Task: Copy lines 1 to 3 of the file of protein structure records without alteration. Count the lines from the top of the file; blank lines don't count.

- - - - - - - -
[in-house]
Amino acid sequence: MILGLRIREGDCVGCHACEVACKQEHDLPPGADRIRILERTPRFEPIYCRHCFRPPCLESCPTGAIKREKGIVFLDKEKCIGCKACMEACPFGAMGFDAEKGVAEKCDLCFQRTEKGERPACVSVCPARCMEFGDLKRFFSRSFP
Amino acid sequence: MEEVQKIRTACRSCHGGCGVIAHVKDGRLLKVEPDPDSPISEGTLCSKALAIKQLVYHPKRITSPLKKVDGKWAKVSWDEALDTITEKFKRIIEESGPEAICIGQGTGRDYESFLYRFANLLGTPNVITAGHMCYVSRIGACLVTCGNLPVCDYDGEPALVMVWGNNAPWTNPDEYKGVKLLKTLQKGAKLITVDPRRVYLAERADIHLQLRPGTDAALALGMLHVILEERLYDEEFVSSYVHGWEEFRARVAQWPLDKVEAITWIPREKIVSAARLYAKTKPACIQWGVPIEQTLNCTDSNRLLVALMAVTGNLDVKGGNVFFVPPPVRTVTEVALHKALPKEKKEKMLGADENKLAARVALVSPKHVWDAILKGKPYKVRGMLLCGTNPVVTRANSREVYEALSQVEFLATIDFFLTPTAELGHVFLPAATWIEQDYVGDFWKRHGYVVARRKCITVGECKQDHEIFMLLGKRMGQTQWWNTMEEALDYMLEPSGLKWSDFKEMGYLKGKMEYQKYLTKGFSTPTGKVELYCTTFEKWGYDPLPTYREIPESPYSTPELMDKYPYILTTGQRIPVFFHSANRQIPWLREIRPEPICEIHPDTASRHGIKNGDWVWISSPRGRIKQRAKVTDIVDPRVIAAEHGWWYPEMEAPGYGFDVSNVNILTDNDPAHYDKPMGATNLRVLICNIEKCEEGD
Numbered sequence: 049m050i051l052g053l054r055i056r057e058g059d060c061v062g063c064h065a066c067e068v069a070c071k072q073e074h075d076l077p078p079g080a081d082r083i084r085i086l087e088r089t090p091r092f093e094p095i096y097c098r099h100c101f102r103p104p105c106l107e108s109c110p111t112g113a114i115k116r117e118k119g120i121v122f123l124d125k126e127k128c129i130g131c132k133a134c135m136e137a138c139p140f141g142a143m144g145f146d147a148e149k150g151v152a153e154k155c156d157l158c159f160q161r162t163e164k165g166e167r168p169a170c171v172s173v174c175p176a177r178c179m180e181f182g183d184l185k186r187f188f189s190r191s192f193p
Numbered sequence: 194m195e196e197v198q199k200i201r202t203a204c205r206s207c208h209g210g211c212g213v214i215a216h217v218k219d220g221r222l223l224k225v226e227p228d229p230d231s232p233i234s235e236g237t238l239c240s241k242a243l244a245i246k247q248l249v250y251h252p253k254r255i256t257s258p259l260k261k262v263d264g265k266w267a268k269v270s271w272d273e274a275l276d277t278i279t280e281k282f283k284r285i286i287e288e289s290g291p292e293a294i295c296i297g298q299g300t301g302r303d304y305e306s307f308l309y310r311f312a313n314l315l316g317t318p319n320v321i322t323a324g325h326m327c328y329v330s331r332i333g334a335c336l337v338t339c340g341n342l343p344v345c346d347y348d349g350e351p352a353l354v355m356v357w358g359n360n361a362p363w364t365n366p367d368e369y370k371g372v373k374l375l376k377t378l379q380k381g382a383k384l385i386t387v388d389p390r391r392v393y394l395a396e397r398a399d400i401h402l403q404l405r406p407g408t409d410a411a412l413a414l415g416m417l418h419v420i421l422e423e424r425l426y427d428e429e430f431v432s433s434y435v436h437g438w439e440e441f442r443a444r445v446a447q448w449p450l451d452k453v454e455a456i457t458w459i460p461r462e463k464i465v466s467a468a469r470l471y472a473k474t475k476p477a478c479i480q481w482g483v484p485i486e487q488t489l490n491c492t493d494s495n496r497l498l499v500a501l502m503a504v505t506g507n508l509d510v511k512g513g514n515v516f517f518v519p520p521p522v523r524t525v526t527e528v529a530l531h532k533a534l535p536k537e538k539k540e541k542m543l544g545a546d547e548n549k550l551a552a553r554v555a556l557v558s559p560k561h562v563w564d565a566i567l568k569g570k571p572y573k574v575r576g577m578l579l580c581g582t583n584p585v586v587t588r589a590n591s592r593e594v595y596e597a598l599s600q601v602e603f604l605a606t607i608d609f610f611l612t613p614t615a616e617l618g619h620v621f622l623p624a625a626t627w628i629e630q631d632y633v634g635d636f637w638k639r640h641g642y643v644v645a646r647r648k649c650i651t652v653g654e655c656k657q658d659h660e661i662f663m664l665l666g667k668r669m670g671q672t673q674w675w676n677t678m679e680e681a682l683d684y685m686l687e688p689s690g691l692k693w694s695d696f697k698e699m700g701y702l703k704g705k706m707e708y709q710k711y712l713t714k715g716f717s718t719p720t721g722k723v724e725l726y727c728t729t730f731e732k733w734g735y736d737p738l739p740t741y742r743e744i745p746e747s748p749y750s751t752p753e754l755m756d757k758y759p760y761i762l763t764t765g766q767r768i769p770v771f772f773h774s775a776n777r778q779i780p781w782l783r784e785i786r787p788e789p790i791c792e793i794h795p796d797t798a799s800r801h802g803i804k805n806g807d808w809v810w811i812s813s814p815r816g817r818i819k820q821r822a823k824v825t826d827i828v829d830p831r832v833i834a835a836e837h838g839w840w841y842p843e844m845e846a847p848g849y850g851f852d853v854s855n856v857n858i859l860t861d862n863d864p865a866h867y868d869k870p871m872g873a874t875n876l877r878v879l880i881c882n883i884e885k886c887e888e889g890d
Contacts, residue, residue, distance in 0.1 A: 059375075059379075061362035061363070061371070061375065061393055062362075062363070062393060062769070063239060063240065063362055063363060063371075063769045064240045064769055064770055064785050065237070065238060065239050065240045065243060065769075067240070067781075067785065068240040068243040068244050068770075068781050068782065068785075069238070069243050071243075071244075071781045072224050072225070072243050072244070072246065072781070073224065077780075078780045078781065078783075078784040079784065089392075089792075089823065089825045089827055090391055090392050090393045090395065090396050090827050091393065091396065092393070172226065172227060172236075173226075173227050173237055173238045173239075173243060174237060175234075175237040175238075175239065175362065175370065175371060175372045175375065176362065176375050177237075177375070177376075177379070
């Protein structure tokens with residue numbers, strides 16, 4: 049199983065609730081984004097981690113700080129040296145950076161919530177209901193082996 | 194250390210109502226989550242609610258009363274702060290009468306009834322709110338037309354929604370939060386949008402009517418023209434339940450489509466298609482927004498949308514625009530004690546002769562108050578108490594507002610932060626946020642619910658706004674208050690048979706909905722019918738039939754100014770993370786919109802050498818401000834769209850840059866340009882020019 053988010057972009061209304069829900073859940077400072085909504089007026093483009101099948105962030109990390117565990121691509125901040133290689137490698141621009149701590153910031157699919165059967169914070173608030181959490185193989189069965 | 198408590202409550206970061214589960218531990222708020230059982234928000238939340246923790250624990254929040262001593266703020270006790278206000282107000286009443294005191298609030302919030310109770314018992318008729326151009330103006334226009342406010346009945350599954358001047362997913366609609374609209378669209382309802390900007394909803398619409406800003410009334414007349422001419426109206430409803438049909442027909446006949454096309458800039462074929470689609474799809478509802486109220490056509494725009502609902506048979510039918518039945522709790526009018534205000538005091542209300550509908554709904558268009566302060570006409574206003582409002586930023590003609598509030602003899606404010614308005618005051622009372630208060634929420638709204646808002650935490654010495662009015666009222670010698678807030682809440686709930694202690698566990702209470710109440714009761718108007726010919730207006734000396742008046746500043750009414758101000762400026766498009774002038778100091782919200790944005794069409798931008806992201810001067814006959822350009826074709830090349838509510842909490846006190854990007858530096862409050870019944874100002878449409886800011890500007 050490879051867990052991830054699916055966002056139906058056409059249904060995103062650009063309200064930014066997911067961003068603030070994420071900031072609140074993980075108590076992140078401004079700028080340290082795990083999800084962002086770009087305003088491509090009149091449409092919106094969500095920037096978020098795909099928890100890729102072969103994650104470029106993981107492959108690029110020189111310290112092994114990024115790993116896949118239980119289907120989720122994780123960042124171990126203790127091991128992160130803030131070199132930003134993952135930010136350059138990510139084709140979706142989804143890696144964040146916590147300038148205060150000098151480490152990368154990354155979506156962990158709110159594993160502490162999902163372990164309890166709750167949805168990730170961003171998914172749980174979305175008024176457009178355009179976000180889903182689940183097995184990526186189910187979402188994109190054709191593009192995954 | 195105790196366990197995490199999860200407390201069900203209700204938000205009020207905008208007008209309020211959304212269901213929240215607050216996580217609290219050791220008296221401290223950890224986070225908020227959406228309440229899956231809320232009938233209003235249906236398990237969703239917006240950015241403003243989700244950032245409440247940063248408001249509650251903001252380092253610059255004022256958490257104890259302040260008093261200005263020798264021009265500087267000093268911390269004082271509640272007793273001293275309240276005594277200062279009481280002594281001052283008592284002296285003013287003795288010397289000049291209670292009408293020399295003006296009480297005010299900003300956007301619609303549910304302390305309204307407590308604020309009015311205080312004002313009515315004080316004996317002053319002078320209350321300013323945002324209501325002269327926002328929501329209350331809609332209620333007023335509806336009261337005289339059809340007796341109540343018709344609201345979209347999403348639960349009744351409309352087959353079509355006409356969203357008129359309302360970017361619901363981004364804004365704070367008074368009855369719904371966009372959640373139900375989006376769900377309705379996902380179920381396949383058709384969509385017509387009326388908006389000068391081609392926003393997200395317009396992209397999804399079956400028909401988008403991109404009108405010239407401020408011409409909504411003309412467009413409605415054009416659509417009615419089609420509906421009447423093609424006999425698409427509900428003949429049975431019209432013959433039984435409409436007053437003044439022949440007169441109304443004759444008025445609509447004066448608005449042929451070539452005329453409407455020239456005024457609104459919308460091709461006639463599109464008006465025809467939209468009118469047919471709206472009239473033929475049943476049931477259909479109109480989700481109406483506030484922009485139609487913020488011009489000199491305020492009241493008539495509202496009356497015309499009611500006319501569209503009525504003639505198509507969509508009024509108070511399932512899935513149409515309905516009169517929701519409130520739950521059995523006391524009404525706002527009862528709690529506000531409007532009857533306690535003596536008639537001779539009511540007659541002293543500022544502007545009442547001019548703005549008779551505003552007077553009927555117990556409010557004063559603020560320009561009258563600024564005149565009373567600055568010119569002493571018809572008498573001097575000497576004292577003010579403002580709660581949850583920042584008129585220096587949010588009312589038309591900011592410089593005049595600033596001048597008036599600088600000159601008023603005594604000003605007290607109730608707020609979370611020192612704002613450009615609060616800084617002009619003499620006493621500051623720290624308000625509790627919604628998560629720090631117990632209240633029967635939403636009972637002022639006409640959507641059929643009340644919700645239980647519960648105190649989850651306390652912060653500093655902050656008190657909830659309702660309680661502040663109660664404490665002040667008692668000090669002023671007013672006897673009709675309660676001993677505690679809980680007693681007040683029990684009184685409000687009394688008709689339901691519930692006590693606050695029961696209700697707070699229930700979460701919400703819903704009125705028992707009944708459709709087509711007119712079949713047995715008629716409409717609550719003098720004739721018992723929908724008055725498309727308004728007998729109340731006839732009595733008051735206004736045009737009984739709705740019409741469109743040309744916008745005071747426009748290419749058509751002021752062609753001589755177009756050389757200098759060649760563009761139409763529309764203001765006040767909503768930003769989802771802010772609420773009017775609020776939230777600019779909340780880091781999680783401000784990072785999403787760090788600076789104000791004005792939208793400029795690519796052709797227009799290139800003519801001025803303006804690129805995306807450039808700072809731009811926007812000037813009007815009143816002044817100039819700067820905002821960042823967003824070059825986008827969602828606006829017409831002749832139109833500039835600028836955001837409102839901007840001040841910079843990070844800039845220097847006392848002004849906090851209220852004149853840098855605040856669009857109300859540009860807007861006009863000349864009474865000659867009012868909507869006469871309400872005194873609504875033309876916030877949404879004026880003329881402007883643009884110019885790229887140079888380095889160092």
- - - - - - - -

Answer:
[in-house]
Amino acid sequence: MILGLRIREGDCVGCHACEVACKQEHDLPPGADRIRILERTPRFEPIYCRHCFRPPCLESCPTGAIKREKGIVFLDKEKCIGCKACMEACPFGAMGFDAEKGVAEKCDLCFQRTEKGERPACVSVCPARCMEFGDLKRFFSRSFP
Amino acid sequence: MEEVQKIRTACRSCHGGCGVIAHVKDGRLLKVEPDPDSPISEGTLCSKALAIKQLVYHPKRITSPLKKVDGKWAKVSWDEALDTITEKFKRIIEESGPEAICIGQGTGRDYESFLYRFANLLGTPNVITAGHMCYVSRIGACLVTCGNLPVCDYDGEPALVMVWGNNAPWTNPDEYKGVKLLKTLQKGAKLITVDPRRVYLAERADIHLQLRPGTDAALALGMLHVILEERLYDEEFVSSYVHGWEEFRARVAQWPLDKVEAITWIPREKIVSAARLYAKTKPACIQWGVPIEQTLNCTDSNRLLVALMAVTGNLDVKGGNVFFVPPPVRTVTEVALHKALPKEKKEKMLGADENKLAARVALVSPKHVWDAILKGKPYKVRGMLLCGTNPVVTRANSREVYEALSQVEFLATIDFFLTPTAELGHVFLPAATWIEQDYVGDFWKRHGYVVARRKCITVGECKQDHEIFMLLGKRMGQTQWWNTMEEALDYMLEPSGLKWSDFKEMGYLKGKMEYQKYLTKGFSTPTGKVELYCTTFEKWGYDPLPTYREIPESPYSTPELMDKYPYILTTGQRIPVFFHSANRQIPWLREIRPEPICEIHPDTASRHGIKNGDWVWISSPRGRIKQRAKVTDIVDPRVIAAEHGWWYPEMEAPGYGFDVSNVNILTDNDPAHYDKPMGATNLRVLICNIEKCEEGD